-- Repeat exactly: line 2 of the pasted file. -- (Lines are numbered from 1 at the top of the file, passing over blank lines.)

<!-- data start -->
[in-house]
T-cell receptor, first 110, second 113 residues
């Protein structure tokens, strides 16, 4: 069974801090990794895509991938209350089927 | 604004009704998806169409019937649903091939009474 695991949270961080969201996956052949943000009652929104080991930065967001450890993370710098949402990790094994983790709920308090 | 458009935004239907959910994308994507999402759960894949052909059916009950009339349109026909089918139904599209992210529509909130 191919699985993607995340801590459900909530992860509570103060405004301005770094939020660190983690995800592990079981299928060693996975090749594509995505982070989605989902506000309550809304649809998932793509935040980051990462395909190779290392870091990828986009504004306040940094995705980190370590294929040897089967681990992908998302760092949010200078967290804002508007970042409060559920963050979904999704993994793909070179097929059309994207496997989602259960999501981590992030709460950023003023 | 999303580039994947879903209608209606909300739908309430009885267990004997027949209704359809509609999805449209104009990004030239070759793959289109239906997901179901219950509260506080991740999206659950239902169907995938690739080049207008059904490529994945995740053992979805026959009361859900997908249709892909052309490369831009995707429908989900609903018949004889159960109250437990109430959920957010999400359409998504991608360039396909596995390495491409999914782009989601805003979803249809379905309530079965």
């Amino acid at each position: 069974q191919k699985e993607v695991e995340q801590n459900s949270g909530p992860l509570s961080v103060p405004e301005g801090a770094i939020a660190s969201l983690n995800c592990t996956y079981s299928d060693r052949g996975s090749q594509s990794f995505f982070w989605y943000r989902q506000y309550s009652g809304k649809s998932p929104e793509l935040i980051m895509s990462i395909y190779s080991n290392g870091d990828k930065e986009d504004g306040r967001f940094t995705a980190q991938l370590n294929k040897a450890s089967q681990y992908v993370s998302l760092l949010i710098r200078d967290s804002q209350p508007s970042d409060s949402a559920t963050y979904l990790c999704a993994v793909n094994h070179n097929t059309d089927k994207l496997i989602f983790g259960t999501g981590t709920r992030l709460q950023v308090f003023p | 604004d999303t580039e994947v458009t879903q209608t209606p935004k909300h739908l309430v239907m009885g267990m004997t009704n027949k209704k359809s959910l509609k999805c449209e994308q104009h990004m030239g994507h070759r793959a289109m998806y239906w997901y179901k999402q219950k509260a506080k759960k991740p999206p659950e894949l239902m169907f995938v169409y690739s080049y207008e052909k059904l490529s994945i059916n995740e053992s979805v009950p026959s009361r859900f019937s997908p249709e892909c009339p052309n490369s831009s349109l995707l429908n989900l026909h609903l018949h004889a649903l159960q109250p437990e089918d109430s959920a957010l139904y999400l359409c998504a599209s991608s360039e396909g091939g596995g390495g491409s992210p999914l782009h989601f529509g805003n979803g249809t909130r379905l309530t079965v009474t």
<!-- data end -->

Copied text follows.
T-cell receptor, first 110, second 113 residues